Attaching to remote processes

Don Jayamanne edited this page Jun 20, 2018 · 13 revisions

The C# extension has supported local debugging for quite some time, and remote launch for a few months. With the 1.5 release it is now possible to attach as well. This wiki page will guide you through the steps to enable this. This guide is largely for SSH, but the mechanism is flexible, and other transports (Docker for example) can also be used.

Setting up SSH

In this section, we will walk through the steps for configuring SSH. If you are using Docker or some other transport, you can skip this.

Visual Studio Code (client) machine setup

There is no way to pop up credential UI with VS Code, so we need a scriptable way to authenticate. One option is to provide the password on the command line, but obviously there are some security concerns with passing an unencrypted password around so much. A more secure option is to use SSH keys. To do this, open a bash prompt and run the following commands (note: if you are on Windows you can find better instructions here). Since you want to store your key file without a password, make sure to keep it in a secure location.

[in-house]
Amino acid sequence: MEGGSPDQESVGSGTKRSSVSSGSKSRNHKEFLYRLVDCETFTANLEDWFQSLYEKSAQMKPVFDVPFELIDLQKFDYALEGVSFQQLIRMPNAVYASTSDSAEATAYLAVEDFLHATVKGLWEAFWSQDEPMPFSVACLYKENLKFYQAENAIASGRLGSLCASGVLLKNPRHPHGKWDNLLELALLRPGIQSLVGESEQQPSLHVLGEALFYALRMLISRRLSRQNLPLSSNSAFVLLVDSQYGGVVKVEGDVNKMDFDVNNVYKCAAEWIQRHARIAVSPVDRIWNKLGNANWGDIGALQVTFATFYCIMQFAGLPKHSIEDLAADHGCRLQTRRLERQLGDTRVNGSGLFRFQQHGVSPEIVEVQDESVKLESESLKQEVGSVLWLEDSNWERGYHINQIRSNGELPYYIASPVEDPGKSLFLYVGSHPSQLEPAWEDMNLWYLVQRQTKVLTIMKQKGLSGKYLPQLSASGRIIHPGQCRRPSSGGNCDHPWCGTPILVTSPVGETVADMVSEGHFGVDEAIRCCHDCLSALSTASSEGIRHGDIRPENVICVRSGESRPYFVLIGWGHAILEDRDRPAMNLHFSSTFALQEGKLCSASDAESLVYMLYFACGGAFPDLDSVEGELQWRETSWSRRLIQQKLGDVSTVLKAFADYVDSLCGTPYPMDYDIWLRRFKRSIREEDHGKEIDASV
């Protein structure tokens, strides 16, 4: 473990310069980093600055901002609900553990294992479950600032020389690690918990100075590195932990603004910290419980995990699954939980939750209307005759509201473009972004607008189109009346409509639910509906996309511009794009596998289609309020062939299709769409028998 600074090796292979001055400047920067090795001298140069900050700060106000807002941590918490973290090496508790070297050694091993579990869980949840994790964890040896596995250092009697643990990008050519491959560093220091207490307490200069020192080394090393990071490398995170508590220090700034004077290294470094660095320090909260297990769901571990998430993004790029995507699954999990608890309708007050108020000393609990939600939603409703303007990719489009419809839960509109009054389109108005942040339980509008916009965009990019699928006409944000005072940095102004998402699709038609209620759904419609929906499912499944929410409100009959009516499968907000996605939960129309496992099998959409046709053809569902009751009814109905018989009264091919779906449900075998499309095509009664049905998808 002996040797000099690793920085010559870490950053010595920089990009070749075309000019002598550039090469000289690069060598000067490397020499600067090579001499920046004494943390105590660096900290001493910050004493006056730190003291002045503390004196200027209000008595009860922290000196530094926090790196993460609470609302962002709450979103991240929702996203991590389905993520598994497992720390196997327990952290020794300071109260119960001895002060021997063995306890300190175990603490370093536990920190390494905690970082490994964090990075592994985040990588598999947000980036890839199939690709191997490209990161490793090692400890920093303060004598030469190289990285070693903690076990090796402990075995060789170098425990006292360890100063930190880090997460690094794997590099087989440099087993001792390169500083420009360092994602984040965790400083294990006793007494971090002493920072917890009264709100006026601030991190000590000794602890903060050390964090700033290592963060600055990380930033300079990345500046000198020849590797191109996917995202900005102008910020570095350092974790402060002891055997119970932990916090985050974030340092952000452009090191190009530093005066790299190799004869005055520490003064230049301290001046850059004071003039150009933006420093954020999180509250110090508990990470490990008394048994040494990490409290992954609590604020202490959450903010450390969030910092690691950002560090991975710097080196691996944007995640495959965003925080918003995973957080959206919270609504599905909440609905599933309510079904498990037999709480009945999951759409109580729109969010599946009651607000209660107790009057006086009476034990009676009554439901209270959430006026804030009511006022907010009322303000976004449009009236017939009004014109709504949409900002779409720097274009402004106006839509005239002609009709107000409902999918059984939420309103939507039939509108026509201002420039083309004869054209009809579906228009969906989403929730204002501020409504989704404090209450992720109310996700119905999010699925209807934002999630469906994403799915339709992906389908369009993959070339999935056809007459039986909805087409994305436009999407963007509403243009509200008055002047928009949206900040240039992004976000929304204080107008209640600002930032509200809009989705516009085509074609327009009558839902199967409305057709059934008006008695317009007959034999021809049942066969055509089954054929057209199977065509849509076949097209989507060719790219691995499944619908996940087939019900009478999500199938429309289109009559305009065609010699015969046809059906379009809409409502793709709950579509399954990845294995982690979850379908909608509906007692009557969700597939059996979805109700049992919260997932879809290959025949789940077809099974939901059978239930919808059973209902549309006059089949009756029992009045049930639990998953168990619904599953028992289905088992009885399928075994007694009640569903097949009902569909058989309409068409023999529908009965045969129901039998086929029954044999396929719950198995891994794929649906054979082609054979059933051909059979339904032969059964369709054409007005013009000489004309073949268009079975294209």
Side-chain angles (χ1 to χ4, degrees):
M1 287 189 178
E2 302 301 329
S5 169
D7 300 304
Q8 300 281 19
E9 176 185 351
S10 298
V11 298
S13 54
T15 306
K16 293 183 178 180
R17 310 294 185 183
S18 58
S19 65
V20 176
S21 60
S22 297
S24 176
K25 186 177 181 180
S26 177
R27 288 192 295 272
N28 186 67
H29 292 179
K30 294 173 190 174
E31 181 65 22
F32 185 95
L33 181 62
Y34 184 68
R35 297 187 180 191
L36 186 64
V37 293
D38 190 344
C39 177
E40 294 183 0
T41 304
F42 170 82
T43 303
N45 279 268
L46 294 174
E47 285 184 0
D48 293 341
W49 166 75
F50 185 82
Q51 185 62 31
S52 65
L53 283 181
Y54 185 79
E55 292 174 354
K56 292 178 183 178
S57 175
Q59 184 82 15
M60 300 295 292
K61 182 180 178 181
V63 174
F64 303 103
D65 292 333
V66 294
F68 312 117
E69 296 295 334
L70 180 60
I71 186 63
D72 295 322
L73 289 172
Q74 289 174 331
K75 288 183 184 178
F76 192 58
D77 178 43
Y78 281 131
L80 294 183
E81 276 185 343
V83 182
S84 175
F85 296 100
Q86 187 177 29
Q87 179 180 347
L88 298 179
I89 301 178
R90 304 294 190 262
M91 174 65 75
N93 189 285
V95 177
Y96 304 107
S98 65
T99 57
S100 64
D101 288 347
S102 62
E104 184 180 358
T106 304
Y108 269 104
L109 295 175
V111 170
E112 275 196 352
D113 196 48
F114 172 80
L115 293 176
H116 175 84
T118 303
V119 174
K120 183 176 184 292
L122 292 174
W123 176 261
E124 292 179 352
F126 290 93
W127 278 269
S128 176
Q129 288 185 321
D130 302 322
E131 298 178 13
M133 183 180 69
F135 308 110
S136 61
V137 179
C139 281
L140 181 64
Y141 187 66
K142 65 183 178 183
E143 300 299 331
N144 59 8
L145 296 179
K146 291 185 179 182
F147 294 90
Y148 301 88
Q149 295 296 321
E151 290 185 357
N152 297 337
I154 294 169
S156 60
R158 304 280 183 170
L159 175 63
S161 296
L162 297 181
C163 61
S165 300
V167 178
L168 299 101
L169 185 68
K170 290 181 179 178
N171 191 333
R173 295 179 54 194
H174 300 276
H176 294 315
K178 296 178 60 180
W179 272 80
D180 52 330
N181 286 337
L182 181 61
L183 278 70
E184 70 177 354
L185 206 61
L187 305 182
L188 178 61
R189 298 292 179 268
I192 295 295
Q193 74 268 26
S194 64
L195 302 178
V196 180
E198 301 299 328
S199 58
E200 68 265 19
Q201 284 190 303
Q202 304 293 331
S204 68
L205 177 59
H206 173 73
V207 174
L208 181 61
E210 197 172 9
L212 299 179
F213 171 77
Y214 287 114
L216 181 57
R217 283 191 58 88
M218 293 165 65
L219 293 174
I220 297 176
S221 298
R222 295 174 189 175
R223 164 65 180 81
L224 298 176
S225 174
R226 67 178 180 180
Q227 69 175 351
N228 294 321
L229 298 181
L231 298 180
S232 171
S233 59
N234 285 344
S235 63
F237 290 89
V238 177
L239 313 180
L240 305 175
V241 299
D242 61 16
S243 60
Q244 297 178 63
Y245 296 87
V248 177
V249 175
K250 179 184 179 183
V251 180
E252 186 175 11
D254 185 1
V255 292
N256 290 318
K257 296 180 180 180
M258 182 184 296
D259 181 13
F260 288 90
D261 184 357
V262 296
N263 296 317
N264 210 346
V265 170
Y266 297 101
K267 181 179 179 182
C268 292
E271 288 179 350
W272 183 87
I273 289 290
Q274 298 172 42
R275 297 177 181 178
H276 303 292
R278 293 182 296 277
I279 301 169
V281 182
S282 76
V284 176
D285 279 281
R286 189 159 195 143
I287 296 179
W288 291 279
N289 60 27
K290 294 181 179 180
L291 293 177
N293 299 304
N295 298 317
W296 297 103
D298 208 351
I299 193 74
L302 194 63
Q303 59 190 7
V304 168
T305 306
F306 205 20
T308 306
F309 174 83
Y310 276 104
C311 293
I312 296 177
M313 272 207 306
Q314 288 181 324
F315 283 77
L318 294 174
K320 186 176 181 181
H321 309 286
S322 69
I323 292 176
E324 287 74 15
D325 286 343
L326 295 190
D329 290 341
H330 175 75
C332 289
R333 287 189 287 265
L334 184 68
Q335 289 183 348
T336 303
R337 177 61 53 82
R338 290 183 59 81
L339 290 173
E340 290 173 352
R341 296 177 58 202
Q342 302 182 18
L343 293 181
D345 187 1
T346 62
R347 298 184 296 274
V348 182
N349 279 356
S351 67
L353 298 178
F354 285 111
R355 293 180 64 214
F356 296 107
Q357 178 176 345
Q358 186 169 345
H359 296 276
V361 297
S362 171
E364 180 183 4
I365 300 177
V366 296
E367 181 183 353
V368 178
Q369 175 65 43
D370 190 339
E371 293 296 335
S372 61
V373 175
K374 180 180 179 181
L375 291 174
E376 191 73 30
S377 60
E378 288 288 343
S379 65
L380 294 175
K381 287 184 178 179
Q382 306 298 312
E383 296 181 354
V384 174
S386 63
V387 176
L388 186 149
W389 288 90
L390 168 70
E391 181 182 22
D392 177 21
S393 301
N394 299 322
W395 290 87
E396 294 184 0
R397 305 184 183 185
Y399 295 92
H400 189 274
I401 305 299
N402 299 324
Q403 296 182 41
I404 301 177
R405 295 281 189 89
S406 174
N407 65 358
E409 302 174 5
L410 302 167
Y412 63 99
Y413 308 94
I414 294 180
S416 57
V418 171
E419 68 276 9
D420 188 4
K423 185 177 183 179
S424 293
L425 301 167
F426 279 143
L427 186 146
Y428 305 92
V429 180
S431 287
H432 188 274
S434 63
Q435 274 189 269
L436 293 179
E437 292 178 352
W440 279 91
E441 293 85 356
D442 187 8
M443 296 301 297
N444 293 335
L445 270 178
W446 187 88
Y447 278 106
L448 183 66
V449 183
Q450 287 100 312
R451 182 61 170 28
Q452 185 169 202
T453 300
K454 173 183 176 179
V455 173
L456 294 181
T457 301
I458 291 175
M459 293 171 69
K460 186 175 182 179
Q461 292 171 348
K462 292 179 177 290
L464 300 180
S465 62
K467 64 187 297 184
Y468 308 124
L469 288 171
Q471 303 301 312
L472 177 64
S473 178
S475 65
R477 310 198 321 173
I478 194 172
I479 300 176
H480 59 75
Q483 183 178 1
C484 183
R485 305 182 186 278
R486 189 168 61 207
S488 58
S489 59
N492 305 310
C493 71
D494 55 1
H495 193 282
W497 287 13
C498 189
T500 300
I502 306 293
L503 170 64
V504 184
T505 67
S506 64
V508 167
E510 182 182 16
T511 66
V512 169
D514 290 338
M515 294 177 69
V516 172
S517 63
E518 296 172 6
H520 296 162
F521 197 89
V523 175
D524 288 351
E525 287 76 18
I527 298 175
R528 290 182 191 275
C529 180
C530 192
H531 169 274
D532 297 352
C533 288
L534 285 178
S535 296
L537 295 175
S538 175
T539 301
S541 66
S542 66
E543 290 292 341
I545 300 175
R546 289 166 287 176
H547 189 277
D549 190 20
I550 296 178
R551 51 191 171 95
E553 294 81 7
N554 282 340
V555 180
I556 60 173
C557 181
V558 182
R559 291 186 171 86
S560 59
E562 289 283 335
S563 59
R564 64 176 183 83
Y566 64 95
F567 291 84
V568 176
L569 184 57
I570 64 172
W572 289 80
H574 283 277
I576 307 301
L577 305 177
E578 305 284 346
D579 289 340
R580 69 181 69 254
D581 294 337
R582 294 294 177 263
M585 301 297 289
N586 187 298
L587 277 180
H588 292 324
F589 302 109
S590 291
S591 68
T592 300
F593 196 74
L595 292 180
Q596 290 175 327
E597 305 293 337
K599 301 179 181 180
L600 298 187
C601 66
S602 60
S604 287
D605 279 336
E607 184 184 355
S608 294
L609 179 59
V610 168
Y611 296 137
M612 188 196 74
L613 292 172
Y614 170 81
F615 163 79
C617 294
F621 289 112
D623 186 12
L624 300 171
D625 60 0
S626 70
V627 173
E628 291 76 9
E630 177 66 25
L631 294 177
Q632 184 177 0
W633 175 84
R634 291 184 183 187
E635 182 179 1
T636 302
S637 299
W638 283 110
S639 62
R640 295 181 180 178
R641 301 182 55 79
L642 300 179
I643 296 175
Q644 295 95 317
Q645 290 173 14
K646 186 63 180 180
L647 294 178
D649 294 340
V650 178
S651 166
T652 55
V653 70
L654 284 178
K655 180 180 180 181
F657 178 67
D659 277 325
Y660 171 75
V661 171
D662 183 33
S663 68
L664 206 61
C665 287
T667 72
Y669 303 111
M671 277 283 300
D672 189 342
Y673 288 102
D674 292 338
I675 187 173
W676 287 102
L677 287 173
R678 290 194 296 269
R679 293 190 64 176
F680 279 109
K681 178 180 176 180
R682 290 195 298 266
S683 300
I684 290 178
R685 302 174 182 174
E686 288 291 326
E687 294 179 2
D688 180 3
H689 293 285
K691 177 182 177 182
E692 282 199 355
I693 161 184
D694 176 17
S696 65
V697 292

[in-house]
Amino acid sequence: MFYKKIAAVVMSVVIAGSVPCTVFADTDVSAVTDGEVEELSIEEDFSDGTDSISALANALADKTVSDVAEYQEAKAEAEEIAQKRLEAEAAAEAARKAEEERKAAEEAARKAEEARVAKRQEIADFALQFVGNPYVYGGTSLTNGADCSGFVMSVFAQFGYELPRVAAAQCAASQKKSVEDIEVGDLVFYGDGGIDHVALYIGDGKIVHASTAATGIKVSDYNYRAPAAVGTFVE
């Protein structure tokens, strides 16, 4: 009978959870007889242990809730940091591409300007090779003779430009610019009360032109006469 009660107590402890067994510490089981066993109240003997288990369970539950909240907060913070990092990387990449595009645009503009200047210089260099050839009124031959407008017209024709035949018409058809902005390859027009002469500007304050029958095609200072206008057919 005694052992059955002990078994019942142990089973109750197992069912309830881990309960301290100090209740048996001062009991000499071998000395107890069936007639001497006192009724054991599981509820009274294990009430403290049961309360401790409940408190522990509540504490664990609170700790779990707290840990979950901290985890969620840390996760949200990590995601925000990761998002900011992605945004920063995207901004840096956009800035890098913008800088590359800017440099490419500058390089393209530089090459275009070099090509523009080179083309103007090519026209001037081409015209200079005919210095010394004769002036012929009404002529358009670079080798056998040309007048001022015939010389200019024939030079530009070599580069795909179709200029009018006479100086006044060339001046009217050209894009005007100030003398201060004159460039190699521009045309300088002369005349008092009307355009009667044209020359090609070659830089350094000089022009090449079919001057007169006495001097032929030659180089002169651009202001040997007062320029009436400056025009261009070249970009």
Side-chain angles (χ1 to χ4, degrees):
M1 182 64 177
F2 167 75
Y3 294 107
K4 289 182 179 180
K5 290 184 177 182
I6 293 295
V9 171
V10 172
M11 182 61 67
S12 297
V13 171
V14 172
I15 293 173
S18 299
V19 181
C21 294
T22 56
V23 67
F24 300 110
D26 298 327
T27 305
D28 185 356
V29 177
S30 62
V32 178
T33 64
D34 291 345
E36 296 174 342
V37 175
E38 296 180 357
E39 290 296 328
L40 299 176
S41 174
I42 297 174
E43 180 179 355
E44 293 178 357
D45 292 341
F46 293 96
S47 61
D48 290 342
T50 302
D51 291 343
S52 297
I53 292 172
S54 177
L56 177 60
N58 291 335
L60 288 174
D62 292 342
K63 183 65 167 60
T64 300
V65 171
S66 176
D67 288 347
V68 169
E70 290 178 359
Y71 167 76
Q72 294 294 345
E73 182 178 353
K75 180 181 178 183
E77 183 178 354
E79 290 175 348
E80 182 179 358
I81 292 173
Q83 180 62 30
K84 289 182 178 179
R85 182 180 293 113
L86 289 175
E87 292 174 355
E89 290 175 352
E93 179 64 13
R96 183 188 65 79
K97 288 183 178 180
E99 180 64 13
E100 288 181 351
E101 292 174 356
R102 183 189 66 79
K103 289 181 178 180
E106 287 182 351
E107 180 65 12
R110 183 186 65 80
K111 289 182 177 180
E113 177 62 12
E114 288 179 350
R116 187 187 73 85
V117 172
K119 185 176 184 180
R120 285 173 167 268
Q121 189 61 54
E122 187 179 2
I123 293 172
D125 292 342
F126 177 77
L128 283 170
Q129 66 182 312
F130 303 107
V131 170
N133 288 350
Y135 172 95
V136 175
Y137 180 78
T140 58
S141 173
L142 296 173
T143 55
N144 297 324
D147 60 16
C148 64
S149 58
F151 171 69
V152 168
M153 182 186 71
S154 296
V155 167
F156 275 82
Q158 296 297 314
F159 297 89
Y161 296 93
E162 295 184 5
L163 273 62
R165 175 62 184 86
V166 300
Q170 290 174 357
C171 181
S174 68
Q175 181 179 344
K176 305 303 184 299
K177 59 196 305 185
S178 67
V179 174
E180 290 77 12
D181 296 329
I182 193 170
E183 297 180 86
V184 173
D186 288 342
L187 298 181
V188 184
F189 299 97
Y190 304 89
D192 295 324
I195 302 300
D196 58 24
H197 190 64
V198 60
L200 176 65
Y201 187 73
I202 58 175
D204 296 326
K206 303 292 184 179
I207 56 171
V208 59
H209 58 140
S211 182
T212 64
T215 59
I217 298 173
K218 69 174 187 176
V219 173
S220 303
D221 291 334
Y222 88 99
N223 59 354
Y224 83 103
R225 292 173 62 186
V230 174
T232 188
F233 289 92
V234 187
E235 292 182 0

mkdir ~/.ssh
chmod 700 ~/.ssh
ssh-keygen -t rsa

Target machine (server) setup

If you don't already have SSH installed on your server. The first step is obviously to install it. For example, on Ubuntu you can do that by running: sudo apt-get install openssh-server.

After SSH is installed, you want to add the public key generated in the last step (id_rsa.pub) to the list of keys in ~/.ssh/authorized_keys file on your server. If your computer has the ssh-copy-id command, the easy way is to run ssh-copy-id ExampleAccount@ExampleTargetComputer. Alternatively, you can copy the id_rsa.pub file to the server and then run cat id_rsa.pub >> ~/.ssh/authorized_keys.

Test your connection

Now that your client and server are configured, it is time to verify your connection works. To do this, open a terminal and type something like:

ssh ExampleAccount@ExampleTargetComputer echo "Hello World"

(Where ExampleAccount and ExampleTargetComputer should be replaced with appropriate values)

Installing VSDBG on the server

As the last server setup step, we need to download VSDBG (the .NET Core command line debugger) onto the server. The easiest way to do this is by running the following command. Replace '~/vsdbg' with wherever you want VSDBG installed to.

curl -sSL https://aka.ms/getvsdbgsh | bash /dev/stdin -v latest -l ~/vsdbg